“Beautiful Chicago“ (or Chicago in an elevator)

Those who grew up in the 1970s might remember, in the relatively early days of FM radio, that some FM stations programmed a format called “beautiful music.”

Others less impressed called it “elevator music.” It was essentially orchestral instrumental arrangements of popular songs of the day. Those stations more often than not were automated, meaning that there were no live voices on the station, except possibly during news segments.

Madison was cursed — I mean Madison had — four of those stations within its market. While WISM played Top 40 at 1480 on your AM dial, WISM-FM played this, uh, music at 98.1 FM, before WISM’s owners changed the format to hot adult contemporary and the station to Magic 98. (Which still exists today and is one of Madison’s top rated radio stations. At the same approximate time, though, WISM-AM went away to become a news–talk station, which was the fate of many AM music stations.)

This format — sometimes called “Muzak” for the company that sold piped-in inoffensive music for elevators and other places — also could be found at 94.9 FM, which then had the call letters WLVE and was called “Love Stereo.” Then as now, thanks apparently to its transmitter location on the Baraboo Bluffs, 94.9 had a freakishly large signal — from the Stevens Point area clear to the Wisconsin–Illinois state line, and from the Platteville Mound to the suburbs of Milwaukee. Stations in Monroe and Fort Atkinson also played “beautiful music.”

I cannot tell you in mere words how much I hated this so-called music. My father, who remember was in southern Wisconsin’s first rock and roll band and had generally good musical taste, would force all of us to listen to this crap on occasion within our first car with an FM radio, the beloved 1975 Chevrolet Caprice.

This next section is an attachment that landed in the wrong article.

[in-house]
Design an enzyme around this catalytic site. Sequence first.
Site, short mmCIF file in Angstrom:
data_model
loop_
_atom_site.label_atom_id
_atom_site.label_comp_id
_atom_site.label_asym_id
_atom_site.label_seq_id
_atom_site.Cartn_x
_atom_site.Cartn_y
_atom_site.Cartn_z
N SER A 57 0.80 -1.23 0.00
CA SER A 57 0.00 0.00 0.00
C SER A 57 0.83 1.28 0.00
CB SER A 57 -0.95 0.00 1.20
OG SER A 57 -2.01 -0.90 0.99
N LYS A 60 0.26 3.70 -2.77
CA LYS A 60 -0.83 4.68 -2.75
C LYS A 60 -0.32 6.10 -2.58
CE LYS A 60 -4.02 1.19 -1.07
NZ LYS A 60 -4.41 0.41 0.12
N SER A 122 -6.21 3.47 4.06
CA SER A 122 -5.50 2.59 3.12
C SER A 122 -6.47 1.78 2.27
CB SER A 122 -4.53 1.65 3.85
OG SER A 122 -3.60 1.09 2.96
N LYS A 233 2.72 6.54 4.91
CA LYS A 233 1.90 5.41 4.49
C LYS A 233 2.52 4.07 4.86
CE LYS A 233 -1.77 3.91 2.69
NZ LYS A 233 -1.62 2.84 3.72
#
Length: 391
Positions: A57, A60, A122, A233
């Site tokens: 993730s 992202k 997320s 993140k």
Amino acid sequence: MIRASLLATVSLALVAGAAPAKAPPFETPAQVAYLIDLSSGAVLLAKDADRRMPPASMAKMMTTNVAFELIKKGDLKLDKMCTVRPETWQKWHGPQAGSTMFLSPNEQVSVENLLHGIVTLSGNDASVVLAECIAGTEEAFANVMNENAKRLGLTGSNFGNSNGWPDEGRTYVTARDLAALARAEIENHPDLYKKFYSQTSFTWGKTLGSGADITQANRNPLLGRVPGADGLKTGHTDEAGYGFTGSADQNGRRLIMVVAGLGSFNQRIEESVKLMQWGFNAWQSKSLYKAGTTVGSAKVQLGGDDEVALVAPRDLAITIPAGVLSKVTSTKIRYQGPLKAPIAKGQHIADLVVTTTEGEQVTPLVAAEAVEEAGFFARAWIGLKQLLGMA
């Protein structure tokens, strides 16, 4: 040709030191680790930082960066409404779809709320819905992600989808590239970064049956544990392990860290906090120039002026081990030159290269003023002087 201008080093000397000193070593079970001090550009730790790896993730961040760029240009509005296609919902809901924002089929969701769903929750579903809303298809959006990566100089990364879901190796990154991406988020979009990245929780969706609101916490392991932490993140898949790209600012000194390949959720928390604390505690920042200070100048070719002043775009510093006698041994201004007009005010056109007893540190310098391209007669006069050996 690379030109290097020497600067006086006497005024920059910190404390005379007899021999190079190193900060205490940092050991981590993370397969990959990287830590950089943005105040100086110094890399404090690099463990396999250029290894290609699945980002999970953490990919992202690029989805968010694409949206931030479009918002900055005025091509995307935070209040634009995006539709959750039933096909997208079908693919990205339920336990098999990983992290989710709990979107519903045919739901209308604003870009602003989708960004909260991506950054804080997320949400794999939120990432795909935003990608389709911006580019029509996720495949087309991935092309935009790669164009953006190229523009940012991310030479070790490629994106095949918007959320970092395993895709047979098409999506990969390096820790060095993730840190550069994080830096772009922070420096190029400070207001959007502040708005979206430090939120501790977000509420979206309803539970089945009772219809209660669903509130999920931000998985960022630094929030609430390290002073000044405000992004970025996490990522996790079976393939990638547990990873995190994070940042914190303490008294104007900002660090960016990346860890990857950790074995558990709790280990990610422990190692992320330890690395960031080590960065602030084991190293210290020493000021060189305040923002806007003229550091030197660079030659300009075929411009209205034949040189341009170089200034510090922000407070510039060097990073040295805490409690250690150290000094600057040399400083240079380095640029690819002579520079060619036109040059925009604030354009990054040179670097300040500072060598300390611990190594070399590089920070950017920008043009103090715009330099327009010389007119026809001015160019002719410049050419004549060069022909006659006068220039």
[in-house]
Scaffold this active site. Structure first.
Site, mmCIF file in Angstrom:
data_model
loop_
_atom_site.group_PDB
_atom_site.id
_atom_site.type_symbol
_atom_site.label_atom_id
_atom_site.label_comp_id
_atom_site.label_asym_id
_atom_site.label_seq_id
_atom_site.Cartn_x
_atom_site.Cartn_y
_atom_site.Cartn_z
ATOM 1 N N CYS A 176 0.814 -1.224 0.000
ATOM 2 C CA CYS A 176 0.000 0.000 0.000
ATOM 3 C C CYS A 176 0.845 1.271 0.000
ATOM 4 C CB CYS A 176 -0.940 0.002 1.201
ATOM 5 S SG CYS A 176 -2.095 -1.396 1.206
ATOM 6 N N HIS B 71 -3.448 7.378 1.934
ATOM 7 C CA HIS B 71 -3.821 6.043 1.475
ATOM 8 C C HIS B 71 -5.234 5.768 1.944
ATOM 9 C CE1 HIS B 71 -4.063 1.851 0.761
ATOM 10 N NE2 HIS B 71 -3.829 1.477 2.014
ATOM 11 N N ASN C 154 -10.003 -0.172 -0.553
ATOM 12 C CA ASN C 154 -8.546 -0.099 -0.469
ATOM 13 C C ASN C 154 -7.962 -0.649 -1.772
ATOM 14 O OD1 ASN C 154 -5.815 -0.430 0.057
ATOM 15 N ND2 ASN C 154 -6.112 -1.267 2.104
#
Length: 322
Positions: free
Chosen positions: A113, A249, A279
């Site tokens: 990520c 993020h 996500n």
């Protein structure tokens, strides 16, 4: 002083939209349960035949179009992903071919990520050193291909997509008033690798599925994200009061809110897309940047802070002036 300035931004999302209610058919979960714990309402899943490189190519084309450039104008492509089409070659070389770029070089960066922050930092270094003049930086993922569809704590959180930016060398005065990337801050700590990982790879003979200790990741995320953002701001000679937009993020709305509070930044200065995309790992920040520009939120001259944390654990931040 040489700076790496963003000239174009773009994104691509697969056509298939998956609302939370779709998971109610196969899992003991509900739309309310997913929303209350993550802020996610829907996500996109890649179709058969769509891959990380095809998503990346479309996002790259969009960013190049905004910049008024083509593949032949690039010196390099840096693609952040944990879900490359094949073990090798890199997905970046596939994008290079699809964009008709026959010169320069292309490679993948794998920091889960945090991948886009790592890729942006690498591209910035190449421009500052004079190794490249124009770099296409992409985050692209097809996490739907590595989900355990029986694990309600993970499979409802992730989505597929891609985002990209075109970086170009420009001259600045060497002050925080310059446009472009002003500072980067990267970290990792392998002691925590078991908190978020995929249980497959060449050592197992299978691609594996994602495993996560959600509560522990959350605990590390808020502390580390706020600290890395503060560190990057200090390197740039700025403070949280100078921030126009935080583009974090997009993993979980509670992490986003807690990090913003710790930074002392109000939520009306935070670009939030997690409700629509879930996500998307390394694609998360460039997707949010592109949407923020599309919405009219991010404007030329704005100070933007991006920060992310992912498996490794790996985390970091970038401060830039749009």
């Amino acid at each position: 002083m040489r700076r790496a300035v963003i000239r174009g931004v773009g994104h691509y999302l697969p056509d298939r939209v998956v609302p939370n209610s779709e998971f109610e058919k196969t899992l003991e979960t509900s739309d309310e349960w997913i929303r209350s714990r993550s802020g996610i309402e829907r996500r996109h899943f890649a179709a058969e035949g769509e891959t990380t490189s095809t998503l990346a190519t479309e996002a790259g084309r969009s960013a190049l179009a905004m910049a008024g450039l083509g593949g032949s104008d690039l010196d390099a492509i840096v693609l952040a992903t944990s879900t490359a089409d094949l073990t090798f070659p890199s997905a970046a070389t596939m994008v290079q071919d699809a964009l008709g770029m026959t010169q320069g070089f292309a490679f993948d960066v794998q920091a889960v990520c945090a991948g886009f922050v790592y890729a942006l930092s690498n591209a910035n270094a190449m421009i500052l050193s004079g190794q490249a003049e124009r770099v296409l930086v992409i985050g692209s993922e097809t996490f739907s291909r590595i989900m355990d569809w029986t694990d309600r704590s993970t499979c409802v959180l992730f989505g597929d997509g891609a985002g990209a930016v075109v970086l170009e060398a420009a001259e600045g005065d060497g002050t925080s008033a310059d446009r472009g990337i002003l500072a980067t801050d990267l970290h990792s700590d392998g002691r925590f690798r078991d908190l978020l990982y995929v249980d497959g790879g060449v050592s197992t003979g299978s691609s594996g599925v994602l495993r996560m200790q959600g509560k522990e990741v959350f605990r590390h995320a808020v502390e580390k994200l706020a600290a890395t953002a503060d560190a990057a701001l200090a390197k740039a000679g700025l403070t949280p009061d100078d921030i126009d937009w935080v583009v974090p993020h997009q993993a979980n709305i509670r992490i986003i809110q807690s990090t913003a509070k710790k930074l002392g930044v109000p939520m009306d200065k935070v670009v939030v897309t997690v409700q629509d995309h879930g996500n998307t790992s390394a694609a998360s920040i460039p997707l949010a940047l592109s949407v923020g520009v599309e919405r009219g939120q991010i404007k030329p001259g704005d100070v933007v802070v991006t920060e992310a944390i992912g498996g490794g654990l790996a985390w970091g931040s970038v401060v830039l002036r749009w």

Happily, the “beautiful music” format is almost dead. The late WLVE became WOLX, the area’s first oldies (now “classic hits”) station, as did the Monroe station. The Fort Atkinson station now plays adult contemporary.

But thanks to YouTube, the format is not in fact dead. A Chicago Facebook page came up with this:

For everyone who thinks Chicago has always only played ballads, there is something worse than ballads. Let’s do some compare-and-contrast between original and Muzaked:


(If for some reason the instrumental tracks don’t work, Kostelanetz’s “Make Me Smile is at 6:28, “Does Anybody Know What Time It Is” is at 9:00, “Questions 67 and 68” is at 12:00. “Beginnings” is at 17:30, and “25 or 6 to 4” is at 21:00.)

One irony is that Chicago did play instrumentals on several of its albums. Evidently Kostelanetz couldn’t figure out how to adapt “Free Form Guitar” or “Liberation” to strings. All of these songs include trumpet and trombone, and a lot of rock acts have included strings in their songs, including Chicago.

But … wow. This is painful to listen to. Imagine someone saying that “Colour My World” or “If You Leave Me Now” was too loud.


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